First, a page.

The Supreme Court delivered a win Thursday for Republicans in North Carolina over a voter identification law that has been in dispute for nearly four years.
The court ruled 8-1 that legislative leaders in the state can intervene in a federal lawsuit to defend a law mandating voter ID. The case began in 2018 after North Carolina voters voted to amend the state’s constitution to require voters provide identification. Lawmakers then passed a law requiring voters show either a driver’s license, passport, or other approved local government identifications.
The Supreme Court rules 8-1 that GOP lawmakers in North Carolina can intervene in litigation to defend a state voter-ID law. The NAACP is challenging the law, and the NC attorney general (a Democrat) is defending it. GOP legislators want to intervene anyway. SCOTUS says they can.
— SCOTUSblog (@SCOTUSblog) June 23, 2022
Democratic Gov. Roy Cooper vetoed the legislation despite 55% of the state’s voters approving the measure. The legislature overrode the veto. (RELATED: Supreme Court Delivers Massive Win For Gun Owners)
The state NAACP and local chapters sued in federal court, arguing the law discriminated against black and Latino voters, according to The Associated Press (AP). Speaker of the House Tim Moore and Senate leader Phil Berger wanted to intervene in the lawsuit, arguing the state’s attorney general, Democrat Josh Stein, wouldn’t defend the law to the extent that they would, according to the AP. A federal judge ruled against the lawmakers. A three-judge federal appeals court panel then ruled in favor of the legislators before the full court reversed the decision, according to the AP.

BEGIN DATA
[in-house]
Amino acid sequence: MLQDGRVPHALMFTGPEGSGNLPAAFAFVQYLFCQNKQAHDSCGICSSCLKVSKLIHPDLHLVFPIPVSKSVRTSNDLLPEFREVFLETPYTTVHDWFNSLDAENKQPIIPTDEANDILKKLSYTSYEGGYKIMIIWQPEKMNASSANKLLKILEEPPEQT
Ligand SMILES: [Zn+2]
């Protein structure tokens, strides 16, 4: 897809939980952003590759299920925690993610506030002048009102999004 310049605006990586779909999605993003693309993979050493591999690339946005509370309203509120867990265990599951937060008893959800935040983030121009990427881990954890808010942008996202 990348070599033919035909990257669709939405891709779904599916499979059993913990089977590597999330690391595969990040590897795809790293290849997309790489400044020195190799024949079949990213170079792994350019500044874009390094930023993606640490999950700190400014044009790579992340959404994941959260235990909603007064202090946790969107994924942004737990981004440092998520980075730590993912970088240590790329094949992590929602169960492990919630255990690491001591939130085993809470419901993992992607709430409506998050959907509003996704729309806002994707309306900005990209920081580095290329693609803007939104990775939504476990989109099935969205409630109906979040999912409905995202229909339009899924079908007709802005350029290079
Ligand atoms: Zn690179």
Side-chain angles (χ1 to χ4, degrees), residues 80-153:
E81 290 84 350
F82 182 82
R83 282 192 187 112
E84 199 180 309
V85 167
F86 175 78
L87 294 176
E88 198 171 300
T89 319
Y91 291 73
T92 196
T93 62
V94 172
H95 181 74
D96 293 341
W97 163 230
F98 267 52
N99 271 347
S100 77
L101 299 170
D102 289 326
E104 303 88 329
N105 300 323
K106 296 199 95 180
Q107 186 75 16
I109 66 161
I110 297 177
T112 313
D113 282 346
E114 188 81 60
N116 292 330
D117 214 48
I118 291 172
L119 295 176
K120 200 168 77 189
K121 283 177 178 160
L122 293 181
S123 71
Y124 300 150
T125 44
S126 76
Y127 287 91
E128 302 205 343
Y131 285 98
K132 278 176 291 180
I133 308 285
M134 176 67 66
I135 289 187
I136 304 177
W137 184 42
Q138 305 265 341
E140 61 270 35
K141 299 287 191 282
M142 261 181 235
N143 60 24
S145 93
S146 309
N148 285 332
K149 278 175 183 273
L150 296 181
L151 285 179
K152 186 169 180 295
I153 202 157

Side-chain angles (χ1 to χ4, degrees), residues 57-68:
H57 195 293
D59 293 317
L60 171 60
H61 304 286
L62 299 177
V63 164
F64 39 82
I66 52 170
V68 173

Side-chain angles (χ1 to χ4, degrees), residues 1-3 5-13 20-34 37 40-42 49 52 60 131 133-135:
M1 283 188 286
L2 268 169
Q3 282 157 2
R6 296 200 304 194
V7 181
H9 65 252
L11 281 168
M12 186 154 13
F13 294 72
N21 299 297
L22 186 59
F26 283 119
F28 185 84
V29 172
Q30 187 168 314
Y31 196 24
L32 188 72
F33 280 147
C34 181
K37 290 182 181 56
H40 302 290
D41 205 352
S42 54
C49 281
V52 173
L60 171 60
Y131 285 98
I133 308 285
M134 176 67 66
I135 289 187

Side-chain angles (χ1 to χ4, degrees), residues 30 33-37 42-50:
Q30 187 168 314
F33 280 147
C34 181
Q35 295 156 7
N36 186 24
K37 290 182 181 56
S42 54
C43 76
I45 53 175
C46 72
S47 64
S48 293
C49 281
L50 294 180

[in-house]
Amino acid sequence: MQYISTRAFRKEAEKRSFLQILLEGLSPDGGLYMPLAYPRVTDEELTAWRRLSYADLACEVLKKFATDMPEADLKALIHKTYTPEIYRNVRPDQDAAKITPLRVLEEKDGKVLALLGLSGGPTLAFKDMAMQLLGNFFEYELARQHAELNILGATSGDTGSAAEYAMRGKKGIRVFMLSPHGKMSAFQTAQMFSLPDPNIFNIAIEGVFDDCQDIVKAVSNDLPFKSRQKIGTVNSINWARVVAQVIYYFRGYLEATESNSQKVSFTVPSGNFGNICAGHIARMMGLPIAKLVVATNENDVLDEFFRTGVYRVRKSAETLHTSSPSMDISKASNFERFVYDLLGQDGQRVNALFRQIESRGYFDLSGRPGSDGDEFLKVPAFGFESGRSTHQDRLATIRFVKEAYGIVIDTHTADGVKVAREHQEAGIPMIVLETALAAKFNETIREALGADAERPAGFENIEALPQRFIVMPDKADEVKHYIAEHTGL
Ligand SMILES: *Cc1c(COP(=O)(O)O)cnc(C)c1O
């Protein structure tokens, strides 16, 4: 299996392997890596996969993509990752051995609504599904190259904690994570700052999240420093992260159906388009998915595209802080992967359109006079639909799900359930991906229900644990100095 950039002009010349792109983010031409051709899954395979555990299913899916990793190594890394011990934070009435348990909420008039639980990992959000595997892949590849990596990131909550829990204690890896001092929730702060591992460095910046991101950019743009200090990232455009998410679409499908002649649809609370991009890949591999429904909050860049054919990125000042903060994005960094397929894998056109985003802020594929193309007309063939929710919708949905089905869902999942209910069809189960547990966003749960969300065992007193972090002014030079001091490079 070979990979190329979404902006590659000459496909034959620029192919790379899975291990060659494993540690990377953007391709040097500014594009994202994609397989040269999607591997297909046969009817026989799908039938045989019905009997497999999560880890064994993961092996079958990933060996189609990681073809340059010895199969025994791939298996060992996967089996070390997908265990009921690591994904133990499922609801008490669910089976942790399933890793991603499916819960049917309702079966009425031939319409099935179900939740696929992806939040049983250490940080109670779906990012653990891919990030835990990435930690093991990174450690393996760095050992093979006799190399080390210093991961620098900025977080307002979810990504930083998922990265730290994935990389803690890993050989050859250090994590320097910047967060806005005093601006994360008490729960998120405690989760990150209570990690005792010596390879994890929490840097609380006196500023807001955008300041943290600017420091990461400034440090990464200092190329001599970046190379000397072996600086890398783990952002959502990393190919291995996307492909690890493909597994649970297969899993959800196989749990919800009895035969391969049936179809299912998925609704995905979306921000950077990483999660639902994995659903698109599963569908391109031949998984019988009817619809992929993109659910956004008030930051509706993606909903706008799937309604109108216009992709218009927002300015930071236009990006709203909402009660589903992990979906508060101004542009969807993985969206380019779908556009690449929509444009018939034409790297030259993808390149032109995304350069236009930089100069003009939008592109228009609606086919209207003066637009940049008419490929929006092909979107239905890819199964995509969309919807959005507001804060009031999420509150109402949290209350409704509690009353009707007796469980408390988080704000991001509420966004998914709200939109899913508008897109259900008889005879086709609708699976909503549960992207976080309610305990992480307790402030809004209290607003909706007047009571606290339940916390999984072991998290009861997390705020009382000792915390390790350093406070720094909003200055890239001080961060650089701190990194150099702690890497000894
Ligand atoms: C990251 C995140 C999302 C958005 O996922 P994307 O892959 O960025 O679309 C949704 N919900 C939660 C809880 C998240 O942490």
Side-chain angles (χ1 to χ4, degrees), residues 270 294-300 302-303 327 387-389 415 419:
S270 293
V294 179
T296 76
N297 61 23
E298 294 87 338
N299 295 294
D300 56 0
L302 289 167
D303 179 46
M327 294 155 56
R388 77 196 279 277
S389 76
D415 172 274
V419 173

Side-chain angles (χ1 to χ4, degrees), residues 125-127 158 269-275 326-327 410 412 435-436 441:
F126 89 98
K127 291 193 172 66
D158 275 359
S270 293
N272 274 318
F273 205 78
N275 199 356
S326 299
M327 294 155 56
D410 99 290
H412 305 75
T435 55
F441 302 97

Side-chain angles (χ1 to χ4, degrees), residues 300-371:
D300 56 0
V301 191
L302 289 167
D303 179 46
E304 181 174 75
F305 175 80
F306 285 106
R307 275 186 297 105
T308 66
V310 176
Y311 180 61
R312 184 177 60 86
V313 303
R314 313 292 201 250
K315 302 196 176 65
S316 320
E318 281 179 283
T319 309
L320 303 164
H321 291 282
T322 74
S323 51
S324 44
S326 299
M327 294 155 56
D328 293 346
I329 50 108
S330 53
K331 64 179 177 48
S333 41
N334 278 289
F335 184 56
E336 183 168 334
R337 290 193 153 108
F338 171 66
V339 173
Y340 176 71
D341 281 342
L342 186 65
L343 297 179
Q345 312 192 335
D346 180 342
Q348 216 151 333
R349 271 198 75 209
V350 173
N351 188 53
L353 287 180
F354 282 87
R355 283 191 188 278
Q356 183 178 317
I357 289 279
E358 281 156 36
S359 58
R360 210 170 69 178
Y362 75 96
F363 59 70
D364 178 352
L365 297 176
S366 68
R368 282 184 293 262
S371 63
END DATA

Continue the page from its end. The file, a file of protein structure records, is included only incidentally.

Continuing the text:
“Through the General Assembly, the people of North Carolina have authorized the leaders of their legislature to defend duly enacted state statutes against constitutional challenge. Ordinarily, a federal court must respect that kind of sovereign choice, not assemble presumptions against it,” the Court ruled.
Justice Sonia Sotomayor, the sole dissenter, argued the interests of the legislator were being defended.
“States are entitled to structure themselves as they wish and to decide who should represent their interests in federal litigation,” Sotomayor wrote. “State law may not, however, override the Federal Rules of Civil Procedure by requiring federal courts to allow intervention by multiple state representatives who all seek to represent the same state interest that an existing state party is already capably defending.”
The law itself is set to have its day in the state’s Supreme Court as well, but the court has yet to set a date for oral arguments, according to the AP. The law was previously blocked by a federal court that ruled the law was discriminatory.